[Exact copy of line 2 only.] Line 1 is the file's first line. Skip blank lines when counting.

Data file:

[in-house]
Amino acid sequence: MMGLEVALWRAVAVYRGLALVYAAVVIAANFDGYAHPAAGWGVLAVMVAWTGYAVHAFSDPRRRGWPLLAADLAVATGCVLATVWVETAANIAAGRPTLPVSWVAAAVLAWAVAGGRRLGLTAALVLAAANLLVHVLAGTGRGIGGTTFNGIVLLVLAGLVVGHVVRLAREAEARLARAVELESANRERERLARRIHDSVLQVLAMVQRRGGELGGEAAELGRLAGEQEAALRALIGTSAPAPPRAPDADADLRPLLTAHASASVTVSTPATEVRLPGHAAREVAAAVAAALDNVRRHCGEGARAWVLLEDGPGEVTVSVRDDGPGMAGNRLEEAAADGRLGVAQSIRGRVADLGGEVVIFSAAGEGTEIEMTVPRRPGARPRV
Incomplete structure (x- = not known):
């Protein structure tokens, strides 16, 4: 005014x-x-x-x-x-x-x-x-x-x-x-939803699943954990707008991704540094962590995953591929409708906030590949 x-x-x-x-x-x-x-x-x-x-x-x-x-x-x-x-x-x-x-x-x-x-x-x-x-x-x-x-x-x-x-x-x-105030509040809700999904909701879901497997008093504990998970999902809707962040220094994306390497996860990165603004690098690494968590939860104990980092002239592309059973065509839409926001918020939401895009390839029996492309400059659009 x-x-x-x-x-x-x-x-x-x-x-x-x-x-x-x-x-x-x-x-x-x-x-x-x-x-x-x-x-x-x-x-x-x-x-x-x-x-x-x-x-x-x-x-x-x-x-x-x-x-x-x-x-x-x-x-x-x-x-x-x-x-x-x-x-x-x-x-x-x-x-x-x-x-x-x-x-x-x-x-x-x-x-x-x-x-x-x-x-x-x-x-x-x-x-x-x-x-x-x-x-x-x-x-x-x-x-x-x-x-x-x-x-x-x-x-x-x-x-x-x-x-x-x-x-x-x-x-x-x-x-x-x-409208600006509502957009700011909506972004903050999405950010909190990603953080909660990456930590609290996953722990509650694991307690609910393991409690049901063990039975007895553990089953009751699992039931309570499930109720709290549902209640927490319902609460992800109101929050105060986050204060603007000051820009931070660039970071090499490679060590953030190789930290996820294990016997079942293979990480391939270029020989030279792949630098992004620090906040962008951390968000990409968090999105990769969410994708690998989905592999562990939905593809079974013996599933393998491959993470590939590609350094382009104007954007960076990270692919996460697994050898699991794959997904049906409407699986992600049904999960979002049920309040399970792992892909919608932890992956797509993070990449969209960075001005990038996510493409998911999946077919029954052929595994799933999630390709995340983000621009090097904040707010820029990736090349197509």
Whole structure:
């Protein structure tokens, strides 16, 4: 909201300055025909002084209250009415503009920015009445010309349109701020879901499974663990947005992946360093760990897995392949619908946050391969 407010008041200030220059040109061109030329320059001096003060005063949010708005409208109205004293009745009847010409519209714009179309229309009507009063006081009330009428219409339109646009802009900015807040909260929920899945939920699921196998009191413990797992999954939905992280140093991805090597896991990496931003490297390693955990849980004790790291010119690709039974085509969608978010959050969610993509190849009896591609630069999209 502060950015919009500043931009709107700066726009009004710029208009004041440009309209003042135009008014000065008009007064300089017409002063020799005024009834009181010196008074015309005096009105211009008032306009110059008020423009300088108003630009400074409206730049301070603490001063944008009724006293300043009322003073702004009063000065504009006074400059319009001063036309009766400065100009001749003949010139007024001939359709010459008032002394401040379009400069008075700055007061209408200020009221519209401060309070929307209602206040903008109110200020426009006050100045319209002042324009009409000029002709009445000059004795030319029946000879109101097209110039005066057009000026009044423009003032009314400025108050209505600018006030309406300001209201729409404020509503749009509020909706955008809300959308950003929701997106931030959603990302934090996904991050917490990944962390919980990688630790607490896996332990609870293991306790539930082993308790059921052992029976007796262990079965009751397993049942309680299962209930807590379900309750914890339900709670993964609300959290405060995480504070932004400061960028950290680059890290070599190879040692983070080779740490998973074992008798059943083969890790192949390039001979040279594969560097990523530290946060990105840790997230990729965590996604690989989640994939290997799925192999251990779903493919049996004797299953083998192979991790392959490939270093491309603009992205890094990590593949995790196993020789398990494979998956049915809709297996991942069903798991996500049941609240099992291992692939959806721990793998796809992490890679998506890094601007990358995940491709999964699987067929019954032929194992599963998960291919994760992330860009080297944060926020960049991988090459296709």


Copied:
Amino acid sequence: MMGLEVALWRAVAVYRGLALVYAAVVIAANFDGYAHPAAGWGVLAVMVAWTGYAVHAFSDPRRRGWPLLAADLAVATGCVLATVWVETAANIAAGRPTLPVSWVAAAVLAWAVAGGRRLGLTAALVLAAANLLVHVLAGTGRGIGGTTFNGIVLLVLAGLVVGHVVRLAREAEARLARAVELESANRERERLARRIHDSVLQVLAMVQRRGGELGGEAAELGRLAGEQEAALRALIGTSAPAPPRAPDADADLRPLLTAHASASVTVSTPATEVRLPGHAAREVAAAVAAALDNVRRHCGEGARAWVLLEDGPGEVTVSVRDDGPGMAGNRLEEAAADGRLGVAQSIRGRVADLGGEVVIFSAAGEGTEIEMTVPRRPGARPRV